Migrating DNS from ZoneEdit to Amazon Route 53

Submitted by hc on Sun, 2013-01-20 11:54
hc's picture

I've used ZoneEdit for a long, long time. I've never like the idea of a DNS service that was bundled with something else (domain purchasing, hosting etc), so ZoneEdit seemed a pretty good match. Wasn't free (if you paid for a bit of extra redundancy) but didn't cost the $30+ / year some vendors weere charging. Until a few years back, it looked so ugly that it had to be good. ;-)

Recently I fell out of love with it though; I've had several instances where changes made to a record set failed to propagate to all the nominated name servers, which seems like a fundamental for a DNS service. Worse still, support requests have gone completely unanswered for over a week. So, I shopped around, and Amazon's Route 53 seemed like the ticket, $6 / domain / year, plus per query charges seemed  like a fair deal for the quality of service. Teh management console for Route 53 is pretty basic (it came later). Instead, the best tools use the management API. Here's how I've gone about migrating, using one of these, the command line tool cli53

You need a *nix box, with Python installed. I'm not a *nix guru, by any stretch, but I've built, broken and fixed a few Ubuntu boxes over the last 3-4 years, so I've become more comfortable with it. The general principal is as follows:

  • export BIND zone files from ZoneEdit
  • tweak zone files by hand (remove a few lines, add a line)
  • import zone file into Amazon Route 53
Here's a quick step by step, in this case using Ubuntu 12.x; assumptions are that you already have a paid Amazon Web Services (AWS) account, and can use a text editor (in this case pico).
Install the Python package manager, pip:

sudo apt-get install python-pip

and then, using pip, install the cli53 python script and dependencies:

sudo pip install cli53

Once you've got cli53 installed, you need to configure it to use your AWS id and access key. That involves editing the ~/.boto file to include your AWS credentials, as per this guide.   When you log in to the AWS console, go to the Route 53 control panel and make sure the service is enabled. 
To check that your credentials are working, ask for a list of all zones held at Amazon (which should be empty initially):

cli53 list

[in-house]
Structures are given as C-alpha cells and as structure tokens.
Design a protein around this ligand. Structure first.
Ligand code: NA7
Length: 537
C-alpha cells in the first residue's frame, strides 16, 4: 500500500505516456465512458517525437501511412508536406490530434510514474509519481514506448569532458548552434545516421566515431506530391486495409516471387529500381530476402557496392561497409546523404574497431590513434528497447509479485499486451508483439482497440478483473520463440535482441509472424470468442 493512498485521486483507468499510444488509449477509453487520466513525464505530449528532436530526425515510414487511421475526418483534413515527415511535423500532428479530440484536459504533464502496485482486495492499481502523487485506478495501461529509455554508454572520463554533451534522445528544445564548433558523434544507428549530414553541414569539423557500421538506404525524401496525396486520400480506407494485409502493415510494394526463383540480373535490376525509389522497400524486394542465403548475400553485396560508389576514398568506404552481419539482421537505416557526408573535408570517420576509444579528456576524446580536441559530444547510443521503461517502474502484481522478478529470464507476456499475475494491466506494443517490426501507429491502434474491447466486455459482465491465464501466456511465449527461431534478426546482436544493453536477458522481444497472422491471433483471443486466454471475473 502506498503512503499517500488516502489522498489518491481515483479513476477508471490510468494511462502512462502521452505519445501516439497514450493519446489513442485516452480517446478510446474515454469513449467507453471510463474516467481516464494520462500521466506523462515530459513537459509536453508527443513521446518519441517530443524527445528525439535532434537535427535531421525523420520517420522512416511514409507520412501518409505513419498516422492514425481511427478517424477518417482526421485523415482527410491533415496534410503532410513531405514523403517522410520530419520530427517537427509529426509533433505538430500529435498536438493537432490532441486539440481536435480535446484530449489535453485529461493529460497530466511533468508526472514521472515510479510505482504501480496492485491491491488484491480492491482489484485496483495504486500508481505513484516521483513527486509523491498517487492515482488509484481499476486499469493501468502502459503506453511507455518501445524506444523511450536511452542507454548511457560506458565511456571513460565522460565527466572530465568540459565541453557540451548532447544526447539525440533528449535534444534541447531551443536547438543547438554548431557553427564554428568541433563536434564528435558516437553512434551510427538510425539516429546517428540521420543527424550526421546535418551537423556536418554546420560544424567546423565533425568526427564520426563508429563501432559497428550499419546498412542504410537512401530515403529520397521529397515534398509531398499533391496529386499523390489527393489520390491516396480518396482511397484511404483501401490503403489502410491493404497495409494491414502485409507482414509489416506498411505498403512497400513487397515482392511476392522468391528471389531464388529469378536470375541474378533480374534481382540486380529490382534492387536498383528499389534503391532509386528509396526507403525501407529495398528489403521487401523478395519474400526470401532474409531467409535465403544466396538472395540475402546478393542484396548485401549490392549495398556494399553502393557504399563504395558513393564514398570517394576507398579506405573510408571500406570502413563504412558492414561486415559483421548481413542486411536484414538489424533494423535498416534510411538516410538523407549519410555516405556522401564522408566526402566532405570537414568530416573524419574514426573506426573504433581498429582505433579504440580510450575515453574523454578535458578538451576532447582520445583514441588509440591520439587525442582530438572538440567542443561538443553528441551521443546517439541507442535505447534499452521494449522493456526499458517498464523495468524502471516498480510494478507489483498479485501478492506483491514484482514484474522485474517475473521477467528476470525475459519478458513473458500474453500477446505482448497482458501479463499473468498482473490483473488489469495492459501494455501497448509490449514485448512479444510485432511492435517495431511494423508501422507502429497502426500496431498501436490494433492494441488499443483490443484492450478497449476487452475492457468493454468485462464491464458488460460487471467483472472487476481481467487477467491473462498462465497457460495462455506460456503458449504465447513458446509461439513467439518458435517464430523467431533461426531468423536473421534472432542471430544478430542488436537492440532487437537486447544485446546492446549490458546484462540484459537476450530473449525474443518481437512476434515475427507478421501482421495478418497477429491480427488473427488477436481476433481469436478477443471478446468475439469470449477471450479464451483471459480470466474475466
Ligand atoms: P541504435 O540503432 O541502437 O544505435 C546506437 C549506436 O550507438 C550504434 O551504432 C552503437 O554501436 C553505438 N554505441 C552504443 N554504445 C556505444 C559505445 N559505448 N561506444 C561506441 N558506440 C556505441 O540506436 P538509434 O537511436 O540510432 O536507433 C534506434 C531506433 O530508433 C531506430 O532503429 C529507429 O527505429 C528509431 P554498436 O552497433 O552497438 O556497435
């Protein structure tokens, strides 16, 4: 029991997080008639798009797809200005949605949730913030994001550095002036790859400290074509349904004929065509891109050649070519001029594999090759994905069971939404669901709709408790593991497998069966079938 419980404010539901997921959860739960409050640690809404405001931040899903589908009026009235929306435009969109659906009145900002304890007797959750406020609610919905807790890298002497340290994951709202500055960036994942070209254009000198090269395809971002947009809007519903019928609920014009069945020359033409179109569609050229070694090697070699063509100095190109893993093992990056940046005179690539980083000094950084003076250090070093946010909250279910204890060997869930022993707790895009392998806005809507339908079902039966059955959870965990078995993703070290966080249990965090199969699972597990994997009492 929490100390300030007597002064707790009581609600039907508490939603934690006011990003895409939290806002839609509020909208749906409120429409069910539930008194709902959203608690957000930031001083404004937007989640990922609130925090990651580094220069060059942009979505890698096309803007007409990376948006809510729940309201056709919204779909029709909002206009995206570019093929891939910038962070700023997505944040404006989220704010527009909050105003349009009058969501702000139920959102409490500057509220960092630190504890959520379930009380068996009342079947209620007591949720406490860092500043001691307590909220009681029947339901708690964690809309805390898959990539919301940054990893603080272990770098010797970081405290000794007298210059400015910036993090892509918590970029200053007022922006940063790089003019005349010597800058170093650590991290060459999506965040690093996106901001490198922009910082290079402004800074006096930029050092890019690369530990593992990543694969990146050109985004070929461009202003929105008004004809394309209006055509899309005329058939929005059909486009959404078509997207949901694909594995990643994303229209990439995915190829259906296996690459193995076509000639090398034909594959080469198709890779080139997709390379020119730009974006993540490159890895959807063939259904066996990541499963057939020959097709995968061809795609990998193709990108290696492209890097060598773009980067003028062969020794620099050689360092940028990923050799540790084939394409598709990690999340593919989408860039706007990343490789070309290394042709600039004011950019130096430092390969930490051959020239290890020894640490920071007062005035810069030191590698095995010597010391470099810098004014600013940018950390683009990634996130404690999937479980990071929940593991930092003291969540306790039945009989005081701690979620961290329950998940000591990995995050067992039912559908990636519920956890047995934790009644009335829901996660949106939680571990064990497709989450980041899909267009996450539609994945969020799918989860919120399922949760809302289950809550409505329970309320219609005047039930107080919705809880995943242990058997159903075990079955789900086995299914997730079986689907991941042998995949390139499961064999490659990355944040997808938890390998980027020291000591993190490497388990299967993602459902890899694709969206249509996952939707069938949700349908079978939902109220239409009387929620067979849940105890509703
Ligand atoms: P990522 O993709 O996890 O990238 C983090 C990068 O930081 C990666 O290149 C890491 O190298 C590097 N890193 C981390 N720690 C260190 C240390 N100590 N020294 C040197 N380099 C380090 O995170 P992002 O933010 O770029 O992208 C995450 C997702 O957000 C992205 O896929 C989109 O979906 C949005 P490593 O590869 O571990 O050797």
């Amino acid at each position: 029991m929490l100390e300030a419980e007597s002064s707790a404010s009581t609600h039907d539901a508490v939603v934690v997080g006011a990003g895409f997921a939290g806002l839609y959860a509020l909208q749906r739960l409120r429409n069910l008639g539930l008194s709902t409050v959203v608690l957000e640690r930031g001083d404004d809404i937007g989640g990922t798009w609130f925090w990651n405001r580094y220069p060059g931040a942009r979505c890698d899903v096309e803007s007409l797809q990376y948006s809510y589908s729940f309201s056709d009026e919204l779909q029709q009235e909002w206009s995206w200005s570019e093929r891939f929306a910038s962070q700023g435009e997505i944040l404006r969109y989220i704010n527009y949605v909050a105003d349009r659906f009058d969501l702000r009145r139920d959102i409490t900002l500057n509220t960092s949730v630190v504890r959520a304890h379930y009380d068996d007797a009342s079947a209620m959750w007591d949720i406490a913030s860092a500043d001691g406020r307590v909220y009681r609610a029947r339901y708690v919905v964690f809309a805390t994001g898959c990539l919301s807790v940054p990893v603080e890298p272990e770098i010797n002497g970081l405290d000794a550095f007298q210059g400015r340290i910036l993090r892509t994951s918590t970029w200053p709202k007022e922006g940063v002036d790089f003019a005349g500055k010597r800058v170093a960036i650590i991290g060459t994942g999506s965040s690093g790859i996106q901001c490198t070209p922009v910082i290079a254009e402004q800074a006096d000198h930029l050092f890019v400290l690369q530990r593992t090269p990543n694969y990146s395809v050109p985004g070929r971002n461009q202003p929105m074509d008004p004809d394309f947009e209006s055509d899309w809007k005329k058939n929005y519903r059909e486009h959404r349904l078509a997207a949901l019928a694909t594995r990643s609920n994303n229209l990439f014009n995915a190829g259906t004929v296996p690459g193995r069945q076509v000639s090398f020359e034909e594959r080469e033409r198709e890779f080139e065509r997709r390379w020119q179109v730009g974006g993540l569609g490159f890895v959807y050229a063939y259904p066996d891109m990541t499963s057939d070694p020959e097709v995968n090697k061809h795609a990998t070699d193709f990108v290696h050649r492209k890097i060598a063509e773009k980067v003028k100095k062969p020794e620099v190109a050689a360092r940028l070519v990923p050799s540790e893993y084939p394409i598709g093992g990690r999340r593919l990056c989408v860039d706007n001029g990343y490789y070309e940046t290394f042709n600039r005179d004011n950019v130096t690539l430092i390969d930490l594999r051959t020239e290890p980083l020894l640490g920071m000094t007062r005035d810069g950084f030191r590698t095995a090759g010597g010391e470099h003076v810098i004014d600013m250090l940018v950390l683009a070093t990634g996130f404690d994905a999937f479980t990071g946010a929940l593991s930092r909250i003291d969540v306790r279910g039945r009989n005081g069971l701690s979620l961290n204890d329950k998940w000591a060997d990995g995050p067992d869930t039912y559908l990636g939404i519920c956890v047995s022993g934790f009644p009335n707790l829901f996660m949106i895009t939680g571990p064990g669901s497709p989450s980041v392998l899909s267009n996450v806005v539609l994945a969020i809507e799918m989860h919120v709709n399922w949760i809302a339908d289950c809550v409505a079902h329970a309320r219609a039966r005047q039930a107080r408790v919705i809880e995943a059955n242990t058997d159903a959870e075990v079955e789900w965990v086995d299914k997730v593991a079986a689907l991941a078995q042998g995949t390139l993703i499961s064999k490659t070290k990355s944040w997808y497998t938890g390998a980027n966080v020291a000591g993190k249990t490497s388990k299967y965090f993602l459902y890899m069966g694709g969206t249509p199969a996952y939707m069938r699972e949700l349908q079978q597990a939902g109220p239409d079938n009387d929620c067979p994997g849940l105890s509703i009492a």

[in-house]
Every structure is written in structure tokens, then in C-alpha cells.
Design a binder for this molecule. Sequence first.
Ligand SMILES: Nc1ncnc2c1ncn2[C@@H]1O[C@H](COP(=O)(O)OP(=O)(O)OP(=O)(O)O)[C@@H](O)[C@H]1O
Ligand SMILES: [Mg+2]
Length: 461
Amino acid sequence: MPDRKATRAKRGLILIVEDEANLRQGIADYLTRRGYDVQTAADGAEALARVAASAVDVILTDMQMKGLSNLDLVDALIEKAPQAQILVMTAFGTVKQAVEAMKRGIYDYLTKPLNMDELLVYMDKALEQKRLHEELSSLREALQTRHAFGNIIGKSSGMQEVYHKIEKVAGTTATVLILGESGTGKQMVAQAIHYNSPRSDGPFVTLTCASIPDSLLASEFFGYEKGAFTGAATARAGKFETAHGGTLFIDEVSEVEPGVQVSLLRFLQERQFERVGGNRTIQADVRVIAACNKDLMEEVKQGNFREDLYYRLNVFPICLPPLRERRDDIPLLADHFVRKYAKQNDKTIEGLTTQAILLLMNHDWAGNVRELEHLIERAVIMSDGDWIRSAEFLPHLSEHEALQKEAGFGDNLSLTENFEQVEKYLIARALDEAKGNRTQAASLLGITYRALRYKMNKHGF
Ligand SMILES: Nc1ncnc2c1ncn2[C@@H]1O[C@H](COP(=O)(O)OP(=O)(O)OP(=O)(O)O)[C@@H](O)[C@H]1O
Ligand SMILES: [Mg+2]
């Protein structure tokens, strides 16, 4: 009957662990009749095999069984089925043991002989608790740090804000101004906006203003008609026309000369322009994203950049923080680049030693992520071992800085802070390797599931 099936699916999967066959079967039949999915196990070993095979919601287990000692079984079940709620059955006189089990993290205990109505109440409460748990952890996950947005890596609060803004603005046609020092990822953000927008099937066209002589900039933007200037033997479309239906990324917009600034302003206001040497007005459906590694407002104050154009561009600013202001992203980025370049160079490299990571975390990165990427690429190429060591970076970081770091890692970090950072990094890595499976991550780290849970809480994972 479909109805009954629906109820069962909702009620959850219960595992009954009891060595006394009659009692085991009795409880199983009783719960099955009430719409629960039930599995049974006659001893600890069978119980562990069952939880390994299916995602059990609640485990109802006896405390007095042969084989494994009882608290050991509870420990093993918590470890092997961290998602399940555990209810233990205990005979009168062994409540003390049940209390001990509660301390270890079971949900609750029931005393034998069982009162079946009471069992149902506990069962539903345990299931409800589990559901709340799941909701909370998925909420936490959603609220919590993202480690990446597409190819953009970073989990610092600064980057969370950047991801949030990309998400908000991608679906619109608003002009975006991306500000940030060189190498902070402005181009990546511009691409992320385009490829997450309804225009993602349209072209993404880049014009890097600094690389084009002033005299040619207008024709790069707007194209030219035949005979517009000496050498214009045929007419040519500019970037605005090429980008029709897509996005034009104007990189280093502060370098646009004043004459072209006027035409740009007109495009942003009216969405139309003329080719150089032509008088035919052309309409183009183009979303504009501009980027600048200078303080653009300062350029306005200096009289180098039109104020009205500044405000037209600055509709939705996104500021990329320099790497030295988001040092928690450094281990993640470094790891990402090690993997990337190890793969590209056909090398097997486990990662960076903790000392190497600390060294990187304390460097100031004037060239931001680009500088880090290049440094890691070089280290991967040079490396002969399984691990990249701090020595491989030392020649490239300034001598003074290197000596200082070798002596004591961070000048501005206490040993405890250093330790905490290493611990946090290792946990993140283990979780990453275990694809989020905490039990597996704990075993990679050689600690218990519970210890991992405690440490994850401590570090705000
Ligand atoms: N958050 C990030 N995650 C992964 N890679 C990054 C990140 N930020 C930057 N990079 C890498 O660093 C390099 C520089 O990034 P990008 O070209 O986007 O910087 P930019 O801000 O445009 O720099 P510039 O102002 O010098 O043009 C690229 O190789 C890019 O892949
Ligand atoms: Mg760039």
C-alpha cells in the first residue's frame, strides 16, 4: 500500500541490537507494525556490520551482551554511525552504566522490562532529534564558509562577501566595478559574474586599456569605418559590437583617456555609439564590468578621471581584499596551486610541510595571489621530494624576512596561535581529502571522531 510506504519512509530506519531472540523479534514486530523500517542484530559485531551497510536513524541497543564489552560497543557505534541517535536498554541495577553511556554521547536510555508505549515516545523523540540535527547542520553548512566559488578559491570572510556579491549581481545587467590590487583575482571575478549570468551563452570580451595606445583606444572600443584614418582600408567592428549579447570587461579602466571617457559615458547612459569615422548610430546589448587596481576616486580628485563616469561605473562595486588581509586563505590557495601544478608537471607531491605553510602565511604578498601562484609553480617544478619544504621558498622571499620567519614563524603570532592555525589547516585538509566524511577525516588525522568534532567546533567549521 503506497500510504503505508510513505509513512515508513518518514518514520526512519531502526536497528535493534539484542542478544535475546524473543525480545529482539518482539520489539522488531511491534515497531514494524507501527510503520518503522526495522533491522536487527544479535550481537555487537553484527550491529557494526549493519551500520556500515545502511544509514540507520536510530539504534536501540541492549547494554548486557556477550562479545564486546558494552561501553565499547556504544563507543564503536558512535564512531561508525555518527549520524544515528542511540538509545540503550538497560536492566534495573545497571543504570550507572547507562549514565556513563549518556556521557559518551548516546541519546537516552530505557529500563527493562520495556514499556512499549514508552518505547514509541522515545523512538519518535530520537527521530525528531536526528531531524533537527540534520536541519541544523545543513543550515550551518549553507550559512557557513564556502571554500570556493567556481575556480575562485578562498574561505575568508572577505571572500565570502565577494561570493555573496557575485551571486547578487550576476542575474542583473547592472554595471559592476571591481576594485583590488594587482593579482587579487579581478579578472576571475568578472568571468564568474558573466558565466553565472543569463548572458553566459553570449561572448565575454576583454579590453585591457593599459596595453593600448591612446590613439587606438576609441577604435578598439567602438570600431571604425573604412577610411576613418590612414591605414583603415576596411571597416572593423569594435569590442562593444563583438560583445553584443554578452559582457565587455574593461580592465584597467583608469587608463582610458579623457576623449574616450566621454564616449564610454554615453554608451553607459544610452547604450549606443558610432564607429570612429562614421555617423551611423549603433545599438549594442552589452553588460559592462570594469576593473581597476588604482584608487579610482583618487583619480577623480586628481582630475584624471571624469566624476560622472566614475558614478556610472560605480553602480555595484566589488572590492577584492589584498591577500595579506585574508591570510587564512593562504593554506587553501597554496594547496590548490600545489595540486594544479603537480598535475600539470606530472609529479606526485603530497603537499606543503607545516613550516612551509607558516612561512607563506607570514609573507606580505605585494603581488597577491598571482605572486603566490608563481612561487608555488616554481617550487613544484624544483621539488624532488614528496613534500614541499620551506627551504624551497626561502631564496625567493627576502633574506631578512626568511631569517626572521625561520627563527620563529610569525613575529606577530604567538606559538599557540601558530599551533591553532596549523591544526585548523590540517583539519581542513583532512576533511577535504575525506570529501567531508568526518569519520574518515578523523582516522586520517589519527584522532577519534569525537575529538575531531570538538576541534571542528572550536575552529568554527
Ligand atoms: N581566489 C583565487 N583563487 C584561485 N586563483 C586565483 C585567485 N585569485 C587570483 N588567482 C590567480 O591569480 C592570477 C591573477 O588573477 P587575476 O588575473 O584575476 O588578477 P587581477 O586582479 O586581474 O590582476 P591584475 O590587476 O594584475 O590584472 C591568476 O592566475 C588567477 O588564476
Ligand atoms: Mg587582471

If you get back an auth error, check your credentials are set up correctly. 

Now, turning to your existing zones, first get a handle on the nameservers they are using at ZoneEdit.

dig your.domain.com

In the data that comes back will be a reference to the name servers used, in the form of several NS records. Now that we know the addresses of the name servers, we can query them directly for the required data (where xxx is the name server address, ns2, ns4 etc). In this, at least, ZoneEdit are useful, in that you can extract a full zone file from their servers directly. Not sure if you'd call this a feature, or a security hole, but there no such thing as a private DNS entry there. Not all servers will cough up all info, as the axfr flags are asking.

dig @xxx.zoneedit.com your.domain.com axfr >your.domain.com.txt

This dumps your zone info into a text file, almost ready to import using cli53. Open the resulting file in a text editor and make the following edits:

  • remove all NS records, and references to an SOA record, as Route 53 will handle these.
  • add the following line at the front of the file: $ORIGIN your.domain.com. making sure you include the trailing full stop
You should now be ready to import the zone file to Route 53, using the cli53 tool. Firstly, create the zone, with an optional comment:

cli53 create your.domain.com --comment "an extra comment"

and then import the edited zone file:

cli53 import your.domain.com --file your.domain.com.txt

You should get back a status message indicating the changes are pending. That's pretty much it. If you want a confirmation that all is well, log into the AWS management console, and look in your Route 53 control panel to make sure things appear as you'd expect.

Once satisfied, the last step is to redelegate your domains' DNS across to AWS, via whatever mechanism your registrar of choice uses. 


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